Apr 25, 2023

Molding of nanowires spurs unanticipated phases

Posted by in categories: engineering, nanotechnology, quantum physics

Sometimes to make big breakthroughs, you have to start very small.

One way that scientists can get the most out of certain is by fabricating that generate new properties at the material’s surfaces and edges. Cornell researchers used the relatively straightforward process of thermomechanical nanomolding to create single-crystalline nanowires that can enable metastable phases that would otherwise be difficult to achieve with conventional methods.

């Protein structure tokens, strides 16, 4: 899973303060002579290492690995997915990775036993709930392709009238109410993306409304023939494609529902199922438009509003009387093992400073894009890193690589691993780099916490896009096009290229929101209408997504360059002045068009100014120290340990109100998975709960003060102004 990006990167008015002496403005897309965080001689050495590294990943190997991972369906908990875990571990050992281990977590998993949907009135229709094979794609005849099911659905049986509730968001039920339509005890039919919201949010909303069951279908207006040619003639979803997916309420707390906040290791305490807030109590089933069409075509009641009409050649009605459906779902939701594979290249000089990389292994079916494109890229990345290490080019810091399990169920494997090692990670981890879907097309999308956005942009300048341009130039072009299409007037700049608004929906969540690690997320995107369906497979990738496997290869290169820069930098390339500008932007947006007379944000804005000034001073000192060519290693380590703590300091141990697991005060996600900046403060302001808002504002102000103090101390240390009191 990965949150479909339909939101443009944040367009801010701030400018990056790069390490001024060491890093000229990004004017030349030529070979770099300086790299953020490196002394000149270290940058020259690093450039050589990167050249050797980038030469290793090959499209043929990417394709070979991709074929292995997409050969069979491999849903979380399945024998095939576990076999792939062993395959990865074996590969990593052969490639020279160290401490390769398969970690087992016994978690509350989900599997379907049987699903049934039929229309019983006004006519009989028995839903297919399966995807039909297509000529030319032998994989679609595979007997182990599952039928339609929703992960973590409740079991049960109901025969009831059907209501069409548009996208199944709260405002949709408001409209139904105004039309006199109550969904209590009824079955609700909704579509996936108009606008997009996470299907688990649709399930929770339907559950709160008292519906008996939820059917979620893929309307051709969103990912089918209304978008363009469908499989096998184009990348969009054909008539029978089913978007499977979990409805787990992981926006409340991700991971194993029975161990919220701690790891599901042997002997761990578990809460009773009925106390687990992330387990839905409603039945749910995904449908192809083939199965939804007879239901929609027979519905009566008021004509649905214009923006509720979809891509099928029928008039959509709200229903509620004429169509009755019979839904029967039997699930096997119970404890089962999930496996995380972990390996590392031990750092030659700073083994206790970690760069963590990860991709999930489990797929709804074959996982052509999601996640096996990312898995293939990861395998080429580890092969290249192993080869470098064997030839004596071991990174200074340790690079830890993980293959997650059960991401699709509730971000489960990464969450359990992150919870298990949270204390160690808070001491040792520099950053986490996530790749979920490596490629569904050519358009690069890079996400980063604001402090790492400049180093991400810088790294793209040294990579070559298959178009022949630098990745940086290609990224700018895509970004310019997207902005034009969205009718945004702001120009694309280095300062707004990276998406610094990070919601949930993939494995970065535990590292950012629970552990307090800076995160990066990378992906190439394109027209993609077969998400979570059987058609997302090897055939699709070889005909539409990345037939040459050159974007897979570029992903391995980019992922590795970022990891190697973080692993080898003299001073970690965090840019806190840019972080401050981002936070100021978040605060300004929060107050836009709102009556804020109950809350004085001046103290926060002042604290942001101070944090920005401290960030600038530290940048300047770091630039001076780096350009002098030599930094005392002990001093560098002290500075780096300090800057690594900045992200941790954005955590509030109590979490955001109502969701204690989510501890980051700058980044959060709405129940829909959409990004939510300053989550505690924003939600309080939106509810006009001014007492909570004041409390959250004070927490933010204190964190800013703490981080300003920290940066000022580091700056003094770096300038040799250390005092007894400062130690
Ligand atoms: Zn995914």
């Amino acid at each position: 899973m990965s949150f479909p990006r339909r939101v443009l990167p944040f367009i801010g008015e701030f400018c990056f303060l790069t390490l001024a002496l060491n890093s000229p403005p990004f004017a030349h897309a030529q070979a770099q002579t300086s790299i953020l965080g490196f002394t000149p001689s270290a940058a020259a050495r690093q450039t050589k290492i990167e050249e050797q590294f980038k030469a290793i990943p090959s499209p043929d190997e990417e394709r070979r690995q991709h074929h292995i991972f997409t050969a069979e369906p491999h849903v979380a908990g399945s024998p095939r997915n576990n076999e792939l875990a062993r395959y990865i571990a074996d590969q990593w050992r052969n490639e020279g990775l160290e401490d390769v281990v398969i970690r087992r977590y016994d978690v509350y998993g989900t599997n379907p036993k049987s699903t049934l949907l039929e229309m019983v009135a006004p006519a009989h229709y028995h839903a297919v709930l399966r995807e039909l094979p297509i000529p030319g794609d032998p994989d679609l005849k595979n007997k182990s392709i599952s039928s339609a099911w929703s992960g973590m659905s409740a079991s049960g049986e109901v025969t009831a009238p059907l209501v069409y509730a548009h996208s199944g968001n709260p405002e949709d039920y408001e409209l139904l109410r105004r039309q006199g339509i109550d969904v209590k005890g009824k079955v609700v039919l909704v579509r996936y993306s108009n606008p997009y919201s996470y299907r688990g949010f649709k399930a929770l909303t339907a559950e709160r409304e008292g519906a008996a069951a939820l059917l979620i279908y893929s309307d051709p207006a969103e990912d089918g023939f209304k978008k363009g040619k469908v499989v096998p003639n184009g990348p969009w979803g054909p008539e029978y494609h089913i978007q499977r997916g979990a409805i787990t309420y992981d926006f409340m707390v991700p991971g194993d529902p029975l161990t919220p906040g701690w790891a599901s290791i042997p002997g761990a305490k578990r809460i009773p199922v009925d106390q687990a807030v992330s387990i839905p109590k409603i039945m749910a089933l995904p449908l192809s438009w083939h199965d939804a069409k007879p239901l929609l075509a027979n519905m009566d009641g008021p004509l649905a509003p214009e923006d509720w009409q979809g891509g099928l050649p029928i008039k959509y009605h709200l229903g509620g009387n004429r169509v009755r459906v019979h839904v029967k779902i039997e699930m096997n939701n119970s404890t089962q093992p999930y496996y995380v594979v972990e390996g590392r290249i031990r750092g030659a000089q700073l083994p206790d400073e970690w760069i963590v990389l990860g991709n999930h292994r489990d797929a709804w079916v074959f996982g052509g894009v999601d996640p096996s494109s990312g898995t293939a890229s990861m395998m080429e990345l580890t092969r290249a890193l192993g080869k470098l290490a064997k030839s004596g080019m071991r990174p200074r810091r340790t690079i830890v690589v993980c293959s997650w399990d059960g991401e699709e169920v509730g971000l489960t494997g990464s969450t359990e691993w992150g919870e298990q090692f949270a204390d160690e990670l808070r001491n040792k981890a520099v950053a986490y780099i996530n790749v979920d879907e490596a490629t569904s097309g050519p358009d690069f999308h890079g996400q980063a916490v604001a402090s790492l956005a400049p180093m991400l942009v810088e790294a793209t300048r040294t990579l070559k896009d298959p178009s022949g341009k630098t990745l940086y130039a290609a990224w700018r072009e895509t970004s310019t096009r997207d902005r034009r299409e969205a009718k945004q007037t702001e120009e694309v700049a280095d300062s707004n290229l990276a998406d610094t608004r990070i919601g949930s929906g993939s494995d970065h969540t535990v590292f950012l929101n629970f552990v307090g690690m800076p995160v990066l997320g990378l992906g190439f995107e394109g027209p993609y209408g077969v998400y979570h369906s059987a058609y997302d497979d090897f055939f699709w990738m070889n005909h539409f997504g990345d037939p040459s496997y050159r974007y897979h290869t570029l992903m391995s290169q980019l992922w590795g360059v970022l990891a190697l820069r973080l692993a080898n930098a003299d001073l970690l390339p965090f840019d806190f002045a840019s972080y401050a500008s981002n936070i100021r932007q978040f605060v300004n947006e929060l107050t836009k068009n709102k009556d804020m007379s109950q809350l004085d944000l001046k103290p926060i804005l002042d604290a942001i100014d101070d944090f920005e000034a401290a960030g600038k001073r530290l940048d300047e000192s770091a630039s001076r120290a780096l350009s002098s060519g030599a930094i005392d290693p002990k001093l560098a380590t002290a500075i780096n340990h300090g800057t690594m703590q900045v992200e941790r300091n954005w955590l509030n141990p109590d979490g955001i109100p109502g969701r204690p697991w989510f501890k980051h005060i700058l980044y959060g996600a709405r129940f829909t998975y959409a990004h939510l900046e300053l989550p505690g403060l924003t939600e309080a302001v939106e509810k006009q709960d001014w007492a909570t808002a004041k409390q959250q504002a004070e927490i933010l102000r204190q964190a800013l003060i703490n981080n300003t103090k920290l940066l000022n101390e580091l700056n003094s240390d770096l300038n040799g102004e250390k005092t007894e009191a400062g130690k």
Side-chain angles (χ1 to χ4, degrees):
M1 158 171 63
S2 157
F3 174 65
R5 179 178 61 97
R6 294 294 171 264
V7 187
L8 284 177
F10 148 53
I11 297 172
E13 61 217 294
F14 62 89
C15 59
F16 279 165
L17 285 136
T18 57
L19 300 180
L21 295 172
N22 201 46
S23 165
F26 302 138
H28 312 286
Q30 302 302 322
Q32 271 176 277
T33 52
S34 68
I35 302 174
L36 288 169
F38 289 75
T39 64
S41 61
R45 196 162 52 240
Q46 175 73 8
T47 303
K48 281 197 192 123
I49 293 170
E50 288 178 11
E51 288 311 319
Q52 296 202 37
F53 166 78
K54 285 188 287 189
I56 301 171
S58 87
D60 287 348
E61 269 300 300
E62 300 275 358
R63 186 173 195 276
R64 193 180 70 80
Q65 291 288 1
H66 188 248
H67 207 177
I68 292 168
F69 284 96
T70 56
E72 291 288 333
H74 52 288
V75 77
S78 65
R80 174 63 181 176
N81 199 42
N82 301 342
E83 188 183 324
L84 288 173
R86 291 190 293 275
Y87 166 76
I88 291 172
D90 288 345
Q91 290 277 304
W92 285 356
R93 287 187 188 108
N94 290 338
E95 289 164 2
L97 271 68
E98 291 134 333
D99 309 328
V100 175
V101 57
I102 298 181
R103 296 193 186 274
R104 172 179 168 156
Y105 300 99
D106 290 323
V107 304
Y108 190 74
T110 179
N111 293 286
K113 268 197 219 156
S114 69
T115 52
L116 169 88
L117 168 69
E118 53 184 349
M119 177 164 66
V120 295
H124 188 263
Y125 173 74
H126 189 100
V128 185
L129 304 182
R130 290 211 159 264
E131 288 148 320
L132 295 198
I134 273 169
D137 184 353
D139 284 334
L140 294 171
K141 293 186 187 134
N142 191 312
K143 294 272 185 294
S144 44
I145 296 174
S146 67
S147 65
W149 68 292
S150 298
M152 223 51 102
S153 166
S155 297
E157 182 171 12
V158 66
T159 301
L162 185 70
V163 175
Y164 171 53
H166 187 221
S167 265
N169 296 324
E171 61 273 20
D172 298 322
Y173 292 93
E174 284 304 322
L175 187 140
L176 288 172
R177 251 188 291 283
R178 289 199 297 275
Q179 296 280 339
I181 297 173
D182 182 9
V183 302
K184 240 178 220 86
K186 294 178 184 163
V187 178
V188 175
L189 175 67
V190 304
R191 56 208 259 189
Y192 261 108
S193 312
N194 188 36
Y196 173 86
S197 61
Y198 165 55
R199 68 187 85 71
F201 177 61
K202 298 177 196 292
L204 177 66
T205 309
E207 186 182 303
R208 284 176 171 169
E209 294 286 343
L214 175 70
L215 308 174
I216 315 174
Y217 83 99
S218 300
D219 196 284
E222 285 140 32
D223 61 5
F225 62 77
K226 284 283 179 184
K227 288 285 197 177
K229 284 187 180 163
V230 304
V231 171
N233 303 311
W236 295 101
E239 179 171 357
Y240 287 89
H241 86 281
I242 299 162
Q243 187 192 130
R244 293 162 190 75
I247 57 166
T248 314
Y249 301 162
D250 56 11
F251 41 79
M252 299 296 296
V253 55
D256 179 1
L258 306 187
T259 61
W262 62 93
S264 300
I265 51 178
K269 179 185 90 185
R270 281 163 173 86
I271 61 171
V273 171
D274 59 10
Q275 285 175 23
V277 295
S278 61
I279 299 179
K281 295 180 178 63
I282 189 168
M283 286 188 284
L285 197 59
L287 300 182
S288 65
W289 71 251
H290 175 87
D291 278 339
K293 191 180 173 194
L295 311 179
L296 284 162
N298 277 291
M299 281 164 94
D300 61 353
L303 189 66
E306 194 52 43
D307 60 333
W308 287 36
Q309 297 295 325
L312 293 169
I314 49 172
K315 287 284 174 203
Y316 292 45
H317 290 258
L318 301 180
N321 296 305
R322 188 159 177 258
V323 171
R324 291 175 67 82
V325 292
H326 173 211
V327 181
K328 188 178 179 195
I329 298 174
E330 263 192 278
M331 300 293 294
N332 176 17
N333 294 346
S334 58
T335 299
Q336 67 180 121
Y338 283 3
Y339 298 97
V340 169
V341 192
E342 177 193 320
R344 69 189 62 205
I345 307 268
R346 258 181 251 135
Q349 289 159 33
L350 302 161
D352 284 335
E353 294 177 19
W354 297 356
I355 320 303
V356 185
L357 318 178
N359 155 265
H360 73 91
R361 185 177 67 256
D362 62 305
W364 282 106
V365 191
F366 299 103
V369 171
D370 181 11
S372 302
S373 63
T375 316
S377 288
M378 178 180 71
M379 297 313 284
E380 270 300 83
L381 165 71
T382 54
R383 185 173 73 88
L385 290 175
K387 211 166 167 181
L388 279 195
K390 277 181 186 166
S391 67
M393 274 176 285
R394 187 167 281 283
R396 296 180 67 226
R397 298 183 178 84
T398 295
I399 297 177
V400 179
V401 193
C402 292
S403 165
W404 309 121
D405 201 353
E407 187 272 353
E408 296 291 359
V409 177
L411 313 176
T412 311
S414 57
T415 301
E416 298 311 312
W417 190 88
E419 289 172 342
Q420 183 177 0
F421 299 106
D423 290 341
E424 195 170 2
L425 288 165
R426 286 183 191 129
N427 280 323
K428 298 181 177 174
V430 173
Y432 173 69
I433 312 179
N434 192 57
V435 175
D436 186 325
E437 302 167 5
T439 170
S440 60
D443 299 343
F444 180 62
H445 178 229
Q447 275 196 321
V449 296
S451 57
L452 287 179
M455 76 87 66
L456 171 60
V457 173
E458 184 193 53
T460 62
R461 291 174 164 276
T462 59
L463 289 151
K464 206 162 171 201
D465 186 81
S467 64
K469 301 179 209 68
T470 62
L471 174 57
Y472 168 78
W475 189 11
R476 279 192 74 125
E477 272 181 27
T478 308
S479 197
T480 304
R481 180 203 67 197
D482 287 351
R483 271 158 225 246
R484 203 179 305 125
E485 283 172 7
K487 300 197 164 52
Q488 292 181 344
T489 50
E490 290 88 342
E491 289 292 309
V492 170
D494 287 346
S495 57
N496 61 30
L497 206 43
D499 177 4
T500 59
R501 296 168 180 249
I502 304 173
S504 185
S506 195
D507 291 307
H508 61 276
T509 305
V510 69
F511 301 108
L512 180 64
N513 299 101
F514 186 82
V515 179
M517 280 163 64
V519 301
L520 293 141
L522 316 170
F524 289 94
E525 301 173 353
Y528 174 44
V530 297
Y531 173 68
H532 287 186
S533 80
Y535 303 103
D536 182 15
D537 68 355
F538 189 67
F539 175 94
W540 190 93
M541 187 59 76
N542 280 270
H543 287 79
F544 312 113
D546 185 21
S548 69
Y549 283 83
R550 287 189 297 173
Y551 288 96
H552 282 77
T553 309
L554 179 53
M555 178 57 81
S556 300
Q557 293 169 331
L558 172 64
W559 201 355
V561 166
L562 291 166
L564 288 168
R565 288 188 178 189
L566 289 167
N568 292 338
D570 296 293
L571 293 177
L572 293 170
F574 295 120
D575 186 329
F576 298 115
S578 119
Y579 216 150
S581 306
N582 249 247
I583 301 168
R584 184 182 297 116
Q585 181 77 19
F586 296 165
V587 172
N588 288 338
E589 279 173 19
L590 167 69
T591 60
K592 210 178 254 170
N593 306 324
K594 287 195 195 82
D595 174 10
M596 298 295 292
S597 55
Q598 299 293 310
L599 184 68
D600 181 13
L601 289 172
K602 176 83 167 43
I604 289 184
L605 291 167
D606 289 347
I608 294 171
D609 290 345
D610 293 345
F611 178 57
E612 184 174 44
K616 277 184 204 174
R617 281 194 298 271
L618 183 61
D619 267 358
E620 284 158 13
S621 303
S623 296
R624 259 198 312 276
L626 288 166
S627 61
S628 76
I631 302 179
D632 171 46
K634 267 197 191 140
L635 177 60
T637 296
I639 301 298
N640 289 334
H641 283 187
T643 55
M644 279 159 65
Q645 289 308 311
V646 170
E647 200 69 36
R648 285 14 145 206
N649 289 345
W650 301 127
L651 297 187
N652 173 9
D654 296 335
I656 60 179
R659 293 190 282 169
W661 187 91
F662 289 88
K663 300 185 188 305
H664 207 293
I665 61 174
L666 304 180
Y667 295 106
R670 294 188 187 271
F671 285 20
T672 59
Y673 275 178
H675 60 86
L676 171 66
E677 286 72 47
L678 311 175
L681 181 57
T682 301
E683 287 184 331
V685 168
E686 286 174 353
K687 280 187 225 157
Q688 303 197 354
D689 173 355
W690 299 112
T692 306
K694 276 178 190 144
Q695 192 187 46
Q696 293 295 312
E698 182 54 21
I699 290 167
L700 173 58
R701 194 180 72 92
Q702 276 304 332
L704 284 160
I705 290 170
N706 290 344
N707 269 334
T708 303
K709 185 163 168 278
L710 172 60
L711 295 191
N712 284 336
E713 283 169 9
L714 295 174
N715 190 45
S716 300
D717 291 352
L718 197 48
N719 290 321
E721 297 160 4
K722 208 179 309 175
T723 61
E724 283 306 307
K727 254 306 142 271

“We’re really interested in this synthesis method of nanomolding because it allows us to make many different kinds of materials into nanoscale quickly and easily, yet with some of the control that other nanomaterial synthesis methods lack, particularly control over the morphology and the size,” said Judy Cha, professor of materials science and engineering in Cornell Engineering, who led the project.

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